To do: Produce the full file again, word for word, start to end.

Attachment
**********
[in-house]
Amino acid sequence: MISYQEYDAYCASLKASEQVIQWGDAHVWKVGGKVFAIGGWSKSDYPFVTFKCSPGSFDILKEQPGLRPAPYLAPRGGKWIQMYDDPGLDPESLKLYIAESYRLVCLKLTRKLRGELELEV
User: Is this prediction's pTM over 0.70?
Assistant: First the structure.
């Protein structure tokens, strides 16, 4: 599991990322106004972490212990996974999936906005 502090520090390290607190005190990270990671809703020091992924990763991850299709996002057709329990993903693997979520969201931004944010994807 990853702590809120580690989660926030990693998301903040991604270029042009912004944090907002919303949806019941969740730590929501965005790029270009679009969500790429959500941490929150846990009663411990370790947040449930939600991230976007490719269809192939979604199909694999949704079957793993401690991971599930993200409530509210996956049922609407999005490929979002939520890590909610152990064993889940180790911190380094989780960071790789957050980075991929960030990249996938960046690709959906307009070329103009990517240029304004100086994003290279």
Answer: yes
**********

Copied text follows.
[in-house]
Amino acid sequence: MISYQEYDAYCASLKASEQVIQWGDAHVWKVGGKVFAIGGWSKSDYPFVTFKCSPGSFDILKEQPGLRPAPYLAPRGGKWIQMYDDPGLDPESLKLYIAESYRLVCLKLTRKLRGELELEV
User: Is this prediction's pTM over 0.70?
Assistant: First the structure.
């Protein structure tokens, strides 16, 4: 599991990322106004972490212990996974999936906005 502090520090390290607190005190990270990671809703020091992924990763991850299709996002057709329990993903693997979520969201931004944010994807 990853702590809120580690989660926030990693998301903040991604270029042009912004944090907002919303949806019941969740730590929501965005790029270009679009969500790429959500941490929150846990009663411990370790947040449930939600991230976007490719269809192939979604199909694999949704079957793993401690991971599930993200409530509210996956049922609407999005490929979002939520890590909610152990064993889940180790911190380094989780960071790789957050980075991929960030990249996938960046690709959906307009070329103009990517240029304004100086994003290279």
Answer: yes